Question: Many individuals analyze financial statements to make logical and appropriate decisions about a company’s financial health and well being. This process is somewhat similar to a medical doctor performing a physical examination on a patient. The doctor often begins by checking various vital signs, such as heart rate, blood pressure, weight, cholesterol level, and body temperature, looking for any signs of a serious change or problem. For example, if a person’s heart rate is higher than expected or if blood pressure has increased significantly since the last visit, the doctor will investigate with special care.
In examining the financial statements of a business or other organization, are there vital signs that should be studied as a routine matter?
Answer: Financial statements are extremely complex and most analysts have certain preferred figures or ratios that they believe to be especially significant when investigating a company. For example, previously, the current ratio and the amount of working capital were computed based on the amount of current assets (those that will be used or consumed within one year) and current liabilities (those that will be paid within one year):
current ratio = current assets/current liabilities
working capital = current assets – current liabilities.
Both of these figures reflect a company’s ability to pay its debts and have enough monetary resources still available to generate profits in the near future. Both investors and creditors frequently calculate, study, and analyze these two amounts. They are vital signs that help indicate the financial health of a business or other organization.
For example, on December 31, 2008, Avon Products reported a current ratio of 1.22 to 1.00 (current assets of $3.557 billion divided by current liabilities of $2.912 billion) while Caterpillar disclosed working capital of $4.590 billion (current assets of $31.953 billion less current liabilities of $27.363 billion).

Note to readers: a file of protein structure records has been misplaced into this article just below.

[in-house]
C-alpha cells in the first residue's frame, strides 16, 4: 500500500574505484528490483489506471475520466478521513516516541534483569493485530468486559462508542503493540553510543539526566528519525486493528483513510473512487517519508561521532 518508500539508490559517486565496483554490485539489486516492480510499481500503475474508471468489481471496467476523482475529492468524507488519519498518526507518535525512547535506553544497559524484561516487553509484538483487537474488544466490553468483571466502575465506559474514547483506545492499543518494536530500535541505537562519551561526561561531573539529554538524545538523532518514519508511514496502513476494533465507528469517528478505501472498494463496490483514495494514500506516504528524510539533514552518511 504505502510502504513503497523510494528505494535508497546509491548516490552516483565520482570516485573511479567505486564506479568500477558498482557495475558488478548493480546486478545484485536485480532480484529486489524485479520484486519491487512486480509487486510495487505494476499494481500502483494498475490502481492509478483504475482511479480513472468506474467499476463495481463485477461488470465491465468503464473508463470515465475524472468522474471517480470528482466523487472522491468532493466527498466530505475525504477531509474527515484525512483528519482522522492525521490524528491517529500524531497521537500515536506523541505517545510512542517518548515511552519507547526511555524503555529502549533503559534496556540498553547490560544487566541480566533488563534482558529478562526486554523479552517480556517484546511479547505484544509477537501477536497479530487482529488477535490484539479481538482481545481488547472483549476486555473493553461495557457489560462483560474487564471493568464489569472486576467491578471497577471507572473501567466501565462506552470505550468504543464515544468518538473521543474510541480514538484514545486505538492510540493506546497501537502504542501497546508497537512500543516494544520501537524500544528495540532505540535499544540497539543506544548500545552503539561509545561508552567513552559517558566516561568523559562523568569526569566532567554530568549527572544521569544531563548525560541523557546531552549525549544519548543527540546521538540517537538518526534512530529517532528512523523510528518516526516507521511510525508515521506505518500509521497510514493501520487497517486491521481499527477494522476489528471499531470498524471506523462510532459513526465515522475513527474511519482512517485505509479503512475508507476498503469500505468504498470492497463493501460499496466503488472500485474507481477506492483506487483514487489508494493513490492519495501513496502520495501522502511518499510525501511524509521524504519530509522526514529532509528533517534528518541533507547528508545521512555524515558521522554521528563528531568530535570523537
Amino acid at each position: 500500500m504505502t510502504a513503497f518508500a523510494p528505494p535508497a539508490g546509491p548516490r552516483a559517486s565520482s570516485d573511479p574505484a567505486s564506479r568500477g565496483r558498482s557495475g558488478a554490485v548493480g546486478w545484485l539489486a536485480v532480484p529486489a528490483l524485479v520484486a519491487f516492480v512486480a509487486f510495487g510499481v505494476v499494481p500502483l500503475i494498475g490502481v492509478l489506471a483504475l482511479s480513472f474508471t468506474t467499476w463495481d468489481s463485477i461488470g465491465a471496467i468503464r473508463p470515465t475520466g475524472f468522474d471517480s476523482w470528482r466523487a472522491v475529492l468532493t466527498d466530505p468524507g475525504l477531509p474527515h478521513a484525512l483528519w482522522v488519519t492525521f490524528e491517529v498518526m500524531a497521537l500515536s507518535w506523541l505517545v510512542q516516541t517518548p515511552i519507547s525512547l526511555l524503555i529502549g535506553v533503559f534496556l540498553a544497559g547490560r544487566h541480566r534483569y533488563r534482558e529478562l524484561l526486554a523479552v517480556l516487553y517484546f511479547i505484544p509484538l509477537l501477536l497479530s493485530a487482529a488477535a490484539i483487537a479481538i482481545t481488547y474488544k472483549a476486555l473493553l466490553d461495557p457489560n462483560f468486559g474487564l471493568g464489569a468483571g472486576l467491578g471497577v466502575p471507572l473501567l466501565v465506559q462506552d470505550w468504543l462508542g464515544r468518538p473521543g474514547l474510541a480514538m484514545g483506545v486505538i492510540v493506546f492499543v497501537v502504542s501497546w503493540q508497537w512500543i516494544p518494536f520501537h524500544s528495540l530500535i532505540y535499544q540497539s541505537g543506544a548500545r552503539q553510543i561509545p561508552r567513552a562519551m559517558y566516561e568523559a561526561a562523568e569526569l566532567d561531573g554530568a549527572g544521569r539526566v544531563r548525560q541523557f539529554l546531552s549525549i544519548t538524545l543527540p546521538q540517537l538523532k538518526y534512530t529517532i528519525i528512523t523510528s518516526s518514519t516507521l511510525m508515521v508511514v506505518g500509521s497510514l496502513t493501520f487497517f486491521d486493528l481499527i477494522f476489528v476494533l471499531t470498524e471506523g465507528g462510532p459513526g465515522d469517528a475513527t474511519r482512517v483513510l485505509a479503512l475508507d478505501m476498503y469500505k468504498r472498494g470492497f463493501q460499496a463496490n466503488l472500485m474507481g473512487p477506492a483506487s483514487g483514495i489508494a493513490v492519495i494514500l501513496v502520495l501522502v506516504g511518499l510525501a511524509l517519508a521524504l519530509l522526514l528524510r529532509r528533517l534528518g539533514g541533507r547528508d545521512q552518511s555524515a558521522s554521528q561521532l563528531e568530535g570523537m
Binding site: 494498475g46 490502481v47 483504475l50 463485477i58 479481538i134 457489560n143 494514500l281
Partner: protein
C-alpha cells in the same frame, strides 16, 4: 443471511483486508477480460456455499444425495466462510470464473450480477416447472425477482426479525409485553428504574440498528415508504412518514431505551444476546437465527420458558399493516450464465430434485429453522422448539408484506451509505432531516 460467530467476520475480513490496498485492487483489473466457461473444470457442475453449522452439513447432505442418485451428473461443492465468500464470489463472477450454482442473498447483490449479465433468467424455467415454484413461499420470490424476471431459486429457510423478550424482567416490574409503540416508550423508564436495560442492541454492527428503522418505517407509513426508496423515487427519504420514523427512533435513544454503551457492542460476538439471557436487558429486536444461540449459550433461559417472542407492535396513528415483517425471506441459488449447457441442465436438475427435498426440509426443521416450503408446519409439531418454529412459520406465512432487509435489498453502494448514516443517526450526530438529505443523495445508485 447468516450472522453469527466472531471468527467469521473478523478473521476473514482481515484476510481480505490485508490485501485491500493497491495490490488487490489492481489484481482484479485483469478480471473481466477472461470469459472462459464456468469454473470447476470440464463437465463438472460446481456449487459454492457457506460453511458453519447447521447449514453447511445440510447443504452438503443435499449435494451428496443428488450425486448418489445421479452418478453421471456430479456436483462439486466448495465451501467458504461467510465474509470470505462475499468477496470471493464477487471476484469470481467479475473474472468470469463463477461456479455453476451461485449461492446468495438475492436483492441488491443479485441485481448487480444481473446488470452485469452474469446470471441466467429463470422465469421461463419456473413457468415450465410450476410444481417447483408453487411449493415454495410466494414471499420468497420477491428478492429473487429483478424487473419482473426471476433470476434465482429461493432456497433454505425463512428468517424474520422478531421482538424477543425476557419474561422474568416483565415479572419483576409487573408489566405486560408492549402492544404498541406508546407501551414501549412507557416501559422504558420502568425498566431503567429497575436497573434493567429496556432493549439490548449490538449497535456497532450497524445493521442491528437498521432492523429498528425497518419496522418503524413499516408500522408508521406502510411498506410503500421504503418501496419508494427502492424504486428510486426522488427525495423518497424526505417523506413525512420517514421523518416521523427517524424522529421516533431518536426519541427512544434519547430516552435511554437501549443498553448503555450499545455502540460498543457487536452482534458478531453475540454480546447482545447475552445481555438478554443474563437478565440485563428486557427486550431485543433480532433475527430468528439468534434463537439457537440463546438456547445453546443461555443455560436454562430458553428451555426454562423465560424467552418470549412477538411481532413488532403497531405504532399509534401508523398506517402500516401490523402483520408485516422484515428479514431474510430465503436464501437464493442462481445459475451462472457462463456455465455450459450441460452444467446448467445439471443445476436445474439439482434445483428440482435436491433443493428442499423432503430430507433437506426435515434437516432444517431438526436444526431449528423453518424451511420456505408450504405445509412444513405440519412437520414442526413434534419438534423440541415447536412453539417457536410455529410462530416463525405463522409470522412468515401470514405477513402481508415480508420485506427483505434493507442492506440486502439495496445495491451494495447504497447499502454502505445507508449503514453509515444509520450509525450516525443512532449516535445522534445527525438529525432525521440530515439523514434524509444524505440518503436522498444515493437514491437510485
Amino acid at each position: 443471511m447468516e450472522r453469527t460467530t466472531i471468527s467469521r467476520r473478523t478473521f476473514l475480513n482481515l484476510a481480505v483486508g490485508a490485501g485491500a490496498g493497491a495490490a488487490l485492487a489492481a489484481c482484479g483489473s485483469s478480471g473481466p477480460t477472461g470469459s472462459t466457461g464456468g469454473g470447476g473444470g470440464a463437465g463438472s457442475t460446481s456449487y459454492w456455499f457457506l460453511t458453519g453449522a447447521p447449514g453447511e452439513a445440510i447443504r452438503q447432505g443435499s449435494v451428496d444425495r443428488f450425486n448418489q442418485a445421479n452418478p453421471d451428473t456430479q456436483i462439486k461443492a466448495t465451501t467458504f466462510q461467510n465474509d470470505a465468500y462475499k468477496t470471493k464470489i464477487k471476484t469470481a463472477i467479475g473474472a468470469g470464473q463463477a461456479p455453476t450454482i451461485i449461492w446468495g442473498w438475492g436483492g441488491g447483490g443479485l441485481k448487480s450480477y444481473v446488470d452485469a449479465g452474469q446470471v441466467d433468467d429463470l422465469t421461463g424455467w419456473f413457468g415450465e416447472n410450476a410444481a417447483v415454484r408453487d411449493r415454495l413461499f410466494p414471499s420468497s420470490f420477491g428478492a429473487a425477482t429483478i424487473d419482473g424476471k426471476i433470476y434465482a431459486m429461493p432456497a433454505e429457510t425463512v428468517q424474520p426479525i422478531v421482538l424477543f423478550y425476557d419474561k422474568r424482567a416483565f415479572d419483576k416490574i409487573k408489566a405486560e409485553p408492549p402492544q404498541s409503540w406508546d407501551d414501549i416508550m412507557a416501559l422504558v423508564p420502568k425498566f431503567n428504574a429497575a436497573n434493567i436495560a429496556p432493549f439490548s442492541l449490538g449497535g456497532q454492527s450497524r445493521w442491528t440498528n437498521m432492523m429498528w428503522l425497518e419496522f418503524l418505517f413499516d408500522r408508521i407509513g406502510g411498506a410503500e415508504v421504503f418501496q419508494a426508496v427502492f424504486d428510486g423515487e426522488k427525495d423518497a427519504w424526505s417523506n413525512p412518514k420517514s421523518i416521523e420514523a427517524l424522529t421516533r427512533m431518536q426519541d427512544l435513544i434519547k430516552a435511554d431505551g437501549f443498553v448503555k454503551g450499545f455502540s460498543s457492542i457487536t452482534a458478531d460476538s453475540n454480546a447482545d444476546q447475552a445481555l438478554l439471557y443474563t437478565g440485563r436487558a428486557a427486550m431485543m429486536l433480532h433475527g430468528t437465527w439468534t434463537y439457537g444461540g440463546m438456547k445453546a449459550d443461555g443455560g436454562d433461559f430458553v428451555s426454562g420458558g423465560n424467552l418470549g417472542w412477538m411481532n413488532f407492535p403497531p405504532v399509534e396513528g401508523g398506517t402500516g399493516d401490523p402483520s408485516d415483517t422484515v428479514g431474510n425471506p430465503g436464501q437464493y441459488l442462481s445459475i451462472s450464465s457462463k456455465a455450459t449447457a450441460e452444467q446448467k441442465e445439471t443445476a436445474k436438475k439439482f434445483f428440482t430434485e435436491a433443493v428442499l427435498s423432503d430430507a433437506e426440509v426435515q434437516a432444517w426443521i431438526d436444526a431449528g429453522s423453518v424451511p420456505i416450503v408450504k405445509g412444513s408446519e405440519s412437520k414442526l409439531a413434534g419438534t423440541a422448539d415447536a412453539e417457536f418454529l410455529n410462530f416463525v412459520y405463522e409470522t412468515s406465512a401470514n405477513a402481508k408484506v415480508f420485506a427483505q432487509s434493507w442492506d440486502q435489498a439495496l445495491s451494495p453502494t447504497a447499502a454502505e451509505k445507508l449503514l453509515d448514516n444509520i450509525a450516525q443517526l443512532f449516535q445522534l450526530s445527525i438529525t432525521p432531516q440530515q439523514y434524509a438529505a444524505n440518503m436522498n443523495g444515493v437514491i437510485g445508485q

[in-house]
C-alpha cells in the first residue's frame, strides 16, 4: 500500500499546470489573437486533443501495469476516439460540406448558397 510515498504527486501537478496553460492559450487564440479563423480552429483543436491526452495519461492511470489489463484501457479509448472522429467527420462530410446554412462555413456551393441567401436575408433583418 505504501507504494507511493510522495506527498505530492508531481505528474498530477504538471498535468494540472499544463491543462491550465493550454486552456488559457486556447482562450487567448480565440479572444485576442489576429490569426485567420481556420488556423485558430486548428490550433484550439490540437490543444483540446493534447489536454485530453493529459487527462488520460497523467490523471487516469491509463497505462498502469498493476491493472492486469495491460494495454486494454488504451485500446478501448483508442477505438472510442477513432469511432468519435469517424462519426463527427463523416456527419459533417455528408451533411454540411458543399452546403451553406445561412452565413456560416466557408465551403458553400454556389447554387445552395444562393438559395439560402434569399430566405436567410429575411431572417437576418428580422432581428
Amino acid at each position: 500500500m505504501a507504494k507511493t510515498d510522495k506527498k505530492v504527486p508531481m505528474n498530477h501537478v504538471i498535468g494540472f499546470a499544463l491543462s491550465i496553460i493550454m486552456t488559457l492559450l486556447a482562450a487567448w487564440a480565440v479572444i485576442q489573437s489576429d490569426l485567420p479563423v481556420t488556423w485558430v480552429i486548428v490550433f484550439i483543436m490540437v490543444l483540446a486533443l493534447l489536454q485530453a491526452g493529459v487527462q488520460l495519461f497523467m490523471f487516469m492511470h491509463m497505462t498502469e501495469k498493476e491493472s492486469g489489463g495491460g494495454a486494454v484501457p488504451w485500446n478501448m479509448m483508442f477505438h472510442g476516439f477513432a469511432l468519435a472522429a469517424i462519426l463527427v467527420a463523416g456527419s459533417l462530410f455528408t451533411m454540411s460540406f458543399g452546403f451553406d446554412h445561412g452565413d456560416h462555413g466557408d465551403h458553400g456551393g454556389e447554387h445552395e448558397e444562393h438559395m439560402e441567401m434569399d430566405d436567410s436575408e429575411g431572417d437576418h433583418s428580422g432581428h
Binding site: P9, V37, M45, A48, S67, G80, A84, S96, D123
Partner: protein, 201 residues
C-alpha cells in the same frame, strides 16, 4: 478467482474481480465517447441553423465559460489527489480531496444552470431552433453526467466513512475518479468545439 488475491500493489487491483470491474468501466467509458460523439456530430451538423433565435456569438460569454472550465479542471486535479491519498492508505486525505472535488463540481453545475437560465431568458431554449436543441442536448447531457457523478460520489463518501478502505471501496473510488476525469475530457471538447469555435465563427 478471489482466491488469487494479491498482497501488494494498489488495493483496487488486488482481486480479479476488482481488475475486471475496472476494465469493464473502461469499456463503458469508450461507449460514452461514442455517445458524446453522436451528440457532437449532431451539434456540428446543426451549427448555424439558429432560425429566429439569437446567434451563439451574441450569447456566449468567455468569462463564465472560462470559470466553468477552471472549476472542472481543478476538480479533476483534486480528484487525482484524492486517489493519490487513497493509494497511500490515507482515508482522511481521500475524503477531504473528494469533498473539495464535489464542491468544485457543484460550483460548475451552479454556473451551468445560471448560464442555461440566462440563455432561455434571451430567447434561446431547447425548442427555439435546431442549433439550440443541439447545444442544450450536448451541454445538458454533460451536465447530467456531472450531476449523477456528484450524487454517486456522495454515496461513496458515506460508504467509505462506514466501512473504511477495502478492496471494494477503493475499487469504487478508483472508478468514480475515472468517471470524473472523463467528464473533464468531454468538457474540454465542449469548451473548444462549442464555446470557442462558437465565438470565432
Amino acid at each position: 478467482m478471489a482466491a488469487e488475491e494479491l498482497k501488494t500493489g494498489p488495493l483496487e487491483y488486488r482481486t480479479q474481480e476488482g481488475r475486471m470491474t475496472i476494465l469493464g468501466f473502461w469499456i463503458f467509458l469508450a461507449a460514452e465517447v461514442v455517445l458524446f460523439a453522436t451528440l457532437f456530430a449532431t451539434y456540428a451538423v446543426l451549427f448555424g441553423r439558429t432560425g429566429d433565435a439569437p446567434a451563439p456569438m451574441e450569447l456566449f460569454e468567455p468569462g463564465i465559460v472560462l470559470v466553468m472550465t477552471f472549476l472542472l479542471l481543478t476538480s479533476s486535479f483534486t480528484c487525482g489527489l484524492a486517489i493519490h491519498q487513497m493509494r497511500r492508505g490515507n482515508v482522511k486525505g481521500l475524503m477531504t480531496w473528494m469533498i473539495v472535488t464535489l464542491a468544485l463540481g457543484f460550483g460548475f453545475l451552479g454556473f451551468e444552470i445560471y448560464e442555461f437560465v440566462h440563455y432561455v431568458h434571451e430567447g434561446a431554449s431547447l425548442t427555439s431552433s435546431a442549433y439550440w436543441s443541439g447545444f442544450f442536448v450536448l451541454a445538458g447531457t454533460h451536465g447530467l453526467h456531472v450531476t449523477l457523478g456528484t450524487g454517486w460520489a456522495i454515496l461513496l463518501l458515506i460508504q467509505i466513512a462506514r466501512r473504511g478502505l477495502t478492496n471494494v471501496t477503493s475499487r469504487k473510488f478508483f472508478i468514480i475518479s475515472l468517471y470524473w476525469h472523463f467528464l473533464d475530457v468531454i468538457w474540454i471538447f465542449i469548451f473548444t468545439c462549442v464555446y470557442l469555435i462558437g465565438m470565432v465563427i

Whether these numbers are impressive or worrisome usually depends on a careful comparison with (a) other similar companies and (b) results from prior years.
Question: Because this chapter deals with accounts receivable, what other vital signs might be studied specifically in connection with a company’s receivable balance?
Answer: One indication of a company’s financial health is its ability to collect receivables in a timely fashion. Money cannot be put to productive use until it is received. For that reason, companies work to encourage payments being made as quickly as possible. Furthermore, as stated previously, the older a receivable becomes, the more likely it is to prove worthless.
Thus, interested parties (both inside a company as well as external) frequently monitor the time taken to collect receivables. Quick collection is normally viewed as good whereas a slower rate can be a warning sign of possible problems. However, as with most generalizations, exceptions do exist so further investigation is always advised.
The age of a company’s receivables is determined by dividing its average sales per day into the receivable balance. Credit sales are used in this computation if known but the total sales figure often has to serve as a substitute because of availability. The sales balance is divided by 365 to derive the amount sold per day. This daily balance is then divided into the reported receivable to arrive at the average number of days that the company waits to collect its accounts. A significant change in the age of receivables will be quickly noted by almost any interested party.
age of receivables = receivables/sales per day
If a company reports sales for the current year of $7,665,000 and currently holds $609,000 in receivables, it requires twenty-nine days on the average to collect a receivable.
sales per day = $7,665,000/365 or $21,000
age of receivables = $609,000/$21,000 or 29 days
As a practical illustration, for the year ended January 30, 2009, Dell Inc. reported net revenue of $61.101 billion. The January 30, 2009, net accounts receivable balance for the company was $4.731 billion, which was down from $5.961 billion as of February 1, 2008. The daily sales figure is calculated as $167.4 million ($61.101 billion/365 days). Thus, the average age of Dell’s ending receivable balance at this time was 28.3 days ($4.731 billion/$167.4 million).
A similar figure is referred to as the receivables turnover and is computed by the following formula:
receivables turnover = sales/average receivables.
For Dell Inc., the average receivable balance for this year was $5.346 billion ([$4.731 billion + $5.961]/2). The receivables turnover can be determined for this company as 11.4 times:
receivables turnover = $61.101 billion/$5.346 billion = 11.4.
The higher the receivable turnover, the faster collections are being received.